It can be so devastating to suffer a merchant account shutdown especially during a high-sales season when you’ve put every other thing in place. Any merchant knows that minus the ability to process credit card payments, sales are bound to drop drastically.
But what could push a processor into shutting down a merchant account?
Too many chargebacks
This is the most common reason for shutdowns. If you have many refunded or disputed transactions a processor may categorize you as high risk. Generally, always fight to keep chargebacks at 1% or even less your total charges.
If possible, try to cut down the number of chargebacks by joining chargeback management programs with Verifi or any other service providers.
Too many “forced” transactions
You could also have your merchant account closed if it has a large number of forced transactions. These are transactions that merchants manually key into the system incase the data in the card is invalid. Such transactions don’t usually capture some electronic info on the card and often result to fraudulent transactions. Tricksters can easily steal Credit card numbers without getting their hands on the actual card.
Any business that accepts online payments has a given number of manually keyed in transactions. Therefore to avoid getting flagged for too many keyed in transactions, always be as frank as possible on what percentage of your sales can be forced in the system. You should inform your processor of the types of transactions to expect. This way, you can agree on a percentage of permissible keyed in transactions.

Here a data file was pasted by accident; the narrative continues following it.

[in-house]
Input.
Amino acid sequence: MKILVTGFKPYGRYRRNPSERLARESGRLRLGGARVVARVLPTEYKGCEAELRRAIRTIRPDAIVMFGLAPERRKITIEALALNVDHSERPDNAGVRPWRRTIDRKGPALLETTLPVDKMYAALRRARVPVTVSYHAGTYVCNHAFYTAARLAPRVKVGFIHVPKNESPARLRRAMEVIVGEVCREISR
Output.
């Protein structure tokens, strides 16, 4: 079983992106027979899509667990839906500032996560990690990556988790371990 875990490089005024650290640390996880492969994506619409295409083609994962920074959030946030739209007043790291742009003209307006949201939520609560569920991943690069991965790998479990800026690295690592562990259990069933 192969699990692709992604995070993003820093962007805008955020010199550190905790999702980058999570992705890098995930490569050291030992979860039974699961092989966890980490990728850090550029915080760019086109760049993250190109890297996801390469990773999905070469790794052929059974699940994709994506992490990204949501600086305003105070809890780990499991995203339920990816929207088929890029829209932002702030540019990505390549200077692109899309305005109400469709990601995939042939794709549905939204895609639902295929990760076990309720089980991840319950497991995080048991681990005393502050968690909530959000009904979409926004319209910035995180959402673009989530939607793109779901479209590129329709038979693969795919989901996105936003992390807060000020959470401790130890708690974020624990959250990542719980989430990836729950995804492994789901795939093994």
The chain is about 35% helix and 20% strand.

Wrong Use of your Merchant Account
This happens when you apply for an account to sell a certain product or render a given service then instead use it to sell high risk services or merchandise. Not only can you have your merchant account terminated but major card brands like MasterCard and Visa could also have you blacklisted. Which means you may not be allowed to operate any merchant accounts in future.
Bottom line; be sure to sell the exact good or service you identified during your application. Any other suspicious activity may lead to heavy penalties.
So, what if you’ve hit the wall and your merchant account has been terminated. How do you fix things and get back to business?
- Find out the reason for the shutdown. It’s good to know and most importantly, you’ll need this info when seeking for a new merchant account.
- Confirm if the merchant account was “MATCHed.” meaning Member Alert to Control High Risk Merchants—a database that records data on canceled merchant accounts’
- Begin searching for a new account provider keeping in mind that you’ll most likely need one that handles high-risk merchants. Also, be honest about the fact you previous merchant account was terminated. Note that the provider can easily learn about it and lying may worsen things for you.